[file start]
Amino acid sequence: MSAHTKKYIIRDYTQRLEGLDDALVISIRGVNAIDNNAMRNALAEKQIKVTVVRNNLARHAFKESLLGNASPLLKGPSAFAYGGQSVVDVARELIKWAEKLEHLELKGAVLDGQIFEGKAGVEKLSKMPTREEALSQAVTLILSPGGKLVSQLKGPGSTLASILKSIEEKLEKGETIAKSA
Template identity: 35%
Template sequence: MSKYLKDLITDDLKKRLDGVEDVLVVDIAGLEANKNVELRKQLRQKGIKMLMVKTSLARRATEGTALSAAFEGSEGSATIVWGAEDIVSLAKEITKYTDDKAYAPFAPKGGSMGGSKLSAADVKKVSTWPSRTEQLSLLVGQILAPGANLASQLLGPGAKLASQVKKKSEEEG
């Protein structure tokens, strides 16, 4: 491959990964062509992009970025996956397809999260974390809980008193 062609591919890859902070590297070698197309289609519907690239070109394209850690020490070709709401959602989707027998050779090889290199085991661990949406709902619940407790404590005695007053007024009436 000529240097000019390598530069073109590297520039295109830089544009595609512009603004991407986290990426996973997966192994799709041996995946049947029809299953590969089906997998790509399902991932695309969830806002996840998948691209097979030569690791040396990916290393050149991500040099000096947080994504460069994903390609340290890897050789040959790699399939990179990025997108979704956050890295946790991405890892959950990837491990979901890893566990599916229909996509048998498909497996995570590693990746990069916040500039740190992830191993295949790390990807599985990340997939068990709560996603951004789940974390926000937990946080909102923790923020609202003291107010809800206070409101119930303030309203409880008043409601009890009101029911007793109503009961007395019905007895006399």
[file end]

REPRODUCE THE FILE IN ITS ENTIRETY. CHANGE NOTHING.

Amino acid sequence: MSAHTKKYIIRDYTQRLEGLDDALVISIRGVNAIDNNAMRNALAEKQIKVTVVRNNLARHAFKESLLGNASPLLKGPSAFAYGGQSVVDVARELIKWAEKLEHLELKGAVLDGQIFEGKAGVEKLSKMPTREEALSQAVTLILSPGGKLVSQLKGPGSTLASILKSIEEKLEKGETIAKSA
Template identity: 35%
Template sequence: MSKYLKDLITDDLKKRLDGVEDVLVVDIAGLEANKNVELRKQLRQKGIKMLMVKTSLARRATEGTALSAAFEGSEGSATIVWGAEDIVSLAKEITKYTDDKAYAPFAPKGGSMGGSKLSAADVKKVSTWPSRTEQLSLLVGQILAPGANLASQLLGPGAKLASQVKKKSEEEG
């Protein structure tokens, strides 16, 4: 491959990964062509992009970025996956397809999260974390809980008193 062609591919890859902070590297070698197309289609519907690239070109394209850690020490070709709401959602989707027998050779090889290199085991661990949406709902619940407790404590005695007053007024009436 000529240097000019390598530069073109590297520039295109830089544009595609512009603004991407986290990426996973997966192994799709041996995946049947029809299953590969089906997998790509399902991932695309969830806002996840998948691209097979030569690791040396990916290393050149991500040099000096947080994504460069994903390609340290890897050789040959790699399939990179990025997108979704956050890295946790991405890892959950990837491990979901890893566990599916229909996509048998498909497996995570590693990746990069916040500039740190992830191993295949790390990807599985990340997939068990709560996603951004789940974390926000937990946080909102923790923020609202003291107010809800206070409101119930303030309203409880008043409601009890009101029911007793109503009961007395019905007895006399």